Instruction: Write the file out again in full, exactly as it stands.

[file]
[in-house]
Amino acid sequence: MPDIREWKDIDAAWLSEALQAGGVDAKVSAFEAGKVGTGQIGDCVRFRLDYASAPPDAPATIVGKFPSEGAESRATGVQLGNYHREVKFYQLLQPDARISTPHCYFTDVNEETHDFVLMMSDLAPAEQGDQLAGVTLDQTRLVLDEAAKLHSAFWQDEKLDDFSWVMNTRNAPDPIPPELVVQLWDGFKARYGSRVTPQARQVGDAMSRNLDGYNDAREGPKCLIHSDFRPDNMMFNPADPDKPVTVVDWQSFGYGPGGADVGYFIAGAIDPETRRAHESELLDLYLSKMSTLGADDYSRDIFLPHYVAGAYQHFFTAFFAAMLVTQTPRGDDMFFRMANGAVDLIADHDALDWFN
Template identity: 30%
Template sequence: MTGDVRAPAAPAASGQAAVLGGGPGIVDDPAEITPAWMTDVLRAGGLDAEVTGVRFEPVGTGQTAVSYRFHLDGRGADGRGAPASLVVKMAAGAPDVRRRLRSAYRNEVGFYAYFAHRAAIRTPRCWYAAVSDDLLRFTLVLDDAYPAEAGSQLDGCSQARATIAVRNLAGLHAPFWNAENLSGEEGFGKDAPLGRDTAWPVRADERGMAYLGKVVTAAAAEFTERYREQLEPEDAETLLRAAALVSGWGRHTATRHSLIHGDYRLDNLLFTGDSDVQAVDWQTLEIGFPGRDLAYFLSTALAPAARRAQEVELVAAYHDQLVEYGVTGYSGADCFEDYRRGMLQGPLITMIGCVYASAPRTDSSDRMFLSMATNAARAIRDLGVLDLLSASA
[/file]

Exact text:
[in-house]
Amino acid sequence: MPDIREWKDIDAAWLSEALQAGGVDAKVSAFEAGKVGTGQIGDCVRFRLDYASAPPDAPATIVGKFPSEGAESRATGVQLGNYHREVKFYQLLQPDARISTPHCYFTDVNEETHDFVLMMSDLAPAEQGDQLAGVTLDQTRLVLDEAAKLHSAFWQDEKLDDFSWVMNTRNAPDPIPPELVVQLWDGFKARYGSRVTPQARQVGDAMSRNLDGYNDAREGPKCLIHSDFRPDNMMFNPADPDKPVTVVDWQSFGYGPGGADVGYFIAGAIDPETRRAHESELLDLYLSKMSTLGADDYSRDIFLPHYVAGAYQHFFTAFFAAMLVTQTPRGDDMFFRMANGAVDLIADHDALDWFN
Template identity: 30%
Template sequence: MTGDVRAPAAPAASGQAAVLGGGPGIVDDPAEITPAWMTDVLRAGGLDAEVTGVRFEPVGTGQTAVSYRFHLDGRGADGRGAPASLVVKMAAGAPDVRRRLRSAYRNEVGFYAYFAHRAAIRTPRCWYAAVSDDLLRFTLVLDDAYPAEAGSQLDGCSQARATIAVRNLAGLHAPFWNAENLSGEEGFGKDAPLGRDTAWPVRADERGMAYLGKVVTAAAAEFTERYREQLEPEDAETLLRAAALVSGWGRHTATRHSLIHGDYRLDNLLFTGDSDVQAVDWQTLEIGFPGRDLAYFLSTALAPAARRAQEVELVAAYHDQLVEYGVTGYSGADCFEDYRRGMLQGPLITMIGCVYASAPRTDSSDRMFLSMATNAARAIRDLGVLDLLSASA